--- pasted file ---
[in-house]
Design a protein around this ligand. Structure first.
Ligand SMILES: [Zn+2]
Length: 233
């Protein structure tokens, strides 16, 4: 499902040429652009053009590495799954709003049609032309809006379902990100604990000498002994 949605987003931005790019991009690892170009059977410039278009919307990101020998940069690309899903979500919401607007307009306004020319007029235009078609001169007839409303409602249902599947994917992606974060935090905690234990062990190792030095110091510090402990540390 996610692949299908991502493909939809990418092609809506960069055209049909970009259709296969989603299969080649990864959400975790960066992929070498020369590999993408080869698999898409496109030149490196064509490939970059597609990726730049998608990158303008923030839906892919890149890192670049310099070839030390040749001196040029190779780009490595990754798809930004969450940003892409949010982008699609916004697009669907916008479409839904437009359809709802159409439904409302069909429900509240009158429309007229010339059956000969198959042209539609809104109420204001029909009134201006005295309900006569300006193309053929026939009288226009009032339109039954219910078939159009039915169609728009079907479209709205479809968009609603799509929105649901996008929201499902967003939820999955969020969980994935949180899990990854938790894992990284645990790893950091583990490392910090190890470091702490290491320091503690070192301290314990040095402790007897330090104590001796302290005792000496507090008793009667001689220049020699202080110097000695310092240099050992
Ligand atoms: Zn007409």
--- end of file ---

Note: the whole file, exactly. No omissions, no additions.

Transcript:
[in-house]
Design a protein around this ligand. Structure first.
Ligand SMILES: [Zn+2]
Length: 233
């Protein structure tokens, strides 16, 4: 499902040429652009053009590495799954709003049609032309809006379902990100604990000498002994 949605987003931005790019991009690892170009059977410039278009919307990101020998940069690309899903979500919401607007307009306004020319007029235009078609001169007839409303409602249902599947994917992606974060935090905690234990062990190792030095110091510090402990540390 996610692949299908991502493909939809990418092609809506960069055209049909970009259709296969989603299969080649990864959400975790960066992929070498020369590999993408080869698999898409496109030149490196064509490939970059597609990726730049998608990158303008923030839906892919890149890192670049310099070839030390040749001196040029190779780009490595990754798809930004969450940003892409949010982008699609916004697009669907916008479409839904437009359809709802159409439904409302069909429900509240009158429309007229010339059956000969198959042209539609809104109420204001029909009134201006005295309900006569300006193309053929026939009288226009009032339109039954219910078939159009039915169609728009079907479209709205479809968009609603799509929105649901996008929201499902967003939820999955969020969980994935949180899990990854938790894992990284645990790893950091583990490392910090190890470091702490290491320091503690070192301290314990040095402790007897330090104590001796302290005792000496507090008793009667001689220049020699202080110097000695310092240099050992
Ligand atoms: Zn007409």